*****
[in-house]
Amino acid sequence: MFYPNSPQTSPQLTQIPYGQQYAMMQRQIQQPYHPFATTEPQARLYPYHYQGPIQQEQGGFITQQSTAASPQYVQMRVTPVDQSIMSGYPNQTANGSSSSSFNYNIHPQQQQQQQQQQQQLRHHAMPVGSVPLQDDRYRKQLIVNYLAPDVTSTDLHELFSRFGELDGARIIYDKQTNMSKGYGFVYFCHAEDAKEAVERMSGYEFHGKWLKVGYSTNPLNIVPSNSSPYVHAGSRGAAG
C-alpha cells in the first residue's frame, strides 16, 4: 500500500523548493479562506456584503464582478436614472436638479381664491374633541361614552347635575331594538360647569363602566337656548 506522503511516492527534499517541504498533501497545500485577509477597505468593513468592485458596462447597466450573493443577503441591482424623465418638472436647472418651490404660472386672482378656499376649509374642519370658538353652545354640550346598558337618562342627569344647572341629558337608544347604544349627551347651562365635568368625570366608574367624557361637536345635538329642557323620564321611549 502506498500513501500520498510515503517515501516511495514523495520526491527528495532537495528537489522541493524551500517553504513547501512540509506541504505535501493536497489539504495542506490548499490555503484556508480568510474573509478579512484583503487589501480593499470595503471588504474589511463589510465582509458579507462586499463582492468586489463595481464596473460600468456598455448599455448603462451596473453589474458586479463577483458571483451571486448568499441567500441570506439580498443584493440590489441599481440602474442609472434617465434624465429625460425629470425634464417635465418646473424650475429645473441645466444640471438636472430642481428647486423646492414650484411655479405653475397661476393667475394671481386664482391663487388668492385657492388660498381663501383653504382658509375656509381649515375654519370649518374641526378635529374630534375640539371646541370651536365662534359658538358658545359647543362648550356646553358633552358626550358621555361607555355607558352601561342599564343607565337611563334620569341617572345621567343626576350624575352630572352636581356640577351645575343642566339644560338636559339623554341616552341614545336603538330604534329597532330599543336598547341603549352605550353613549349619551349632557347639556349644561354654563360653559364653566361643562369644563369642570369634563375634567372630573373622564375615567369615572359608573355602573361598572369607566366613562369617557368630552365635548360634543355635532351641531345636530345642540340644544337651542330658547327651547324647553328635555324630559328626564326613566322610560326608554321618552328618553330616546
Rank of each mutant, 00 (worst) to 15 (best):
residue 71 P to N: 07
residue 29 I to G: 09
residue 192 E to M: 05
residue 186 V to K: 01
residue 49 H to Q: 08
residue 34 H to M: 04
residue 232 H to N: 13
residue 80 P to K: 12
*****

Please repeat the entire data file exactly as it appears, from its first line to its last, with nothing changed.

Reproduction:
[in-house]
Amino acid sequence: MFYPNSPQTSPQLTQIPYGQQYAMMQRQIQQPYHPFATTEPQARLYPYHYQGPIQQEQGGFITQQSTAASPQYVQMRVTPVDQSIMSGYPNQTANGSSSSSFNYNIHPQQQQQQQQQQQQLRHHAMPVGSVPLQDDRYRKQLIVNYLAPDVTSTDLHELFSRFGELDGARIIYDKQTNMSKGYGFVYFCHAEDAKEAVERMSGYEFHGKWLKVGYSTNPLNIVPSNSSPYVHAGSRGAAG
C-alpha cells in the first residue's frame, strides 16, 4: 500500500523548493479562506456584503464582478436614472436638479381664491374633541361614552347635575331594538360647569363602566337656548 506522503511516492527534499517541504498533501497545500485577509477597505468593513468592485458596462447597466450573493443577503441591482424623465418638472436647472418651490404660472386672482378656499376649509374642519370658538353652545354640550346598558337618562342627569344647572341629558337608544347604544349627551347651562365635568368625570366608574367624557361637536345635538329642557323620564321611549 502506498500513501500520498510515503517515501516511495514523495520526491527528495532537495528537489522541493524551500517553504513547501512540509506541504505535501493536497489539504495542506490548499490555503484556508480568510474573509478579512484583503487589501480593499470595503471588504474589511463589510465582509458579507462586499463582492468586489463595481464596473460600468456598455448599455448603462451596473453589474458586479463577483458571483451571486448568499441567500441570506439580498443584493440590489441599481440602474442609472434617465434624465429625460425629470425634464417635465418646473424650475429645473441645466444640471438636472430642481428647486423646492414650484411655479405653475397661476393667475394671481386664482391663487388668492385657492388660498381663501383653504382658509375656509381649515375654519370649518374641526378635529374630534375640539371646541370651536365662534359658538358658545359647543362648550356646553358633552358626550358621555361607555355607558352601561342599564343607565337611563334620569341617572345621567343626576350624575352630572352636581356640577351645575343642566339644560338636559339623554341616552341614545336603538330604534329597532330599543336598547341603549352605550353613549349619551349632557347639556349644561354654563360653559364653566361643562369644563369642570369634563375634567372630573373622564375615567369615572359608573355602573361598572369607566366613562369617557368630552365635548360634543355635532351641531345636530345642540340644544337651542330658547327651547324647553328635555324630559328626564326613566322610560326608554321618552328618553330616546
Rank of each mutant, 00 (worst) to 15 (best):
residue 71 P to N: 07
residue 29 I to G: 09
residue 192 E to M: 05
residue 186 V to K: 01
residue 49 H to Q: 08
residue 34 H to M: 04
residue 232 H to N: 13
residue 80 P to K: 12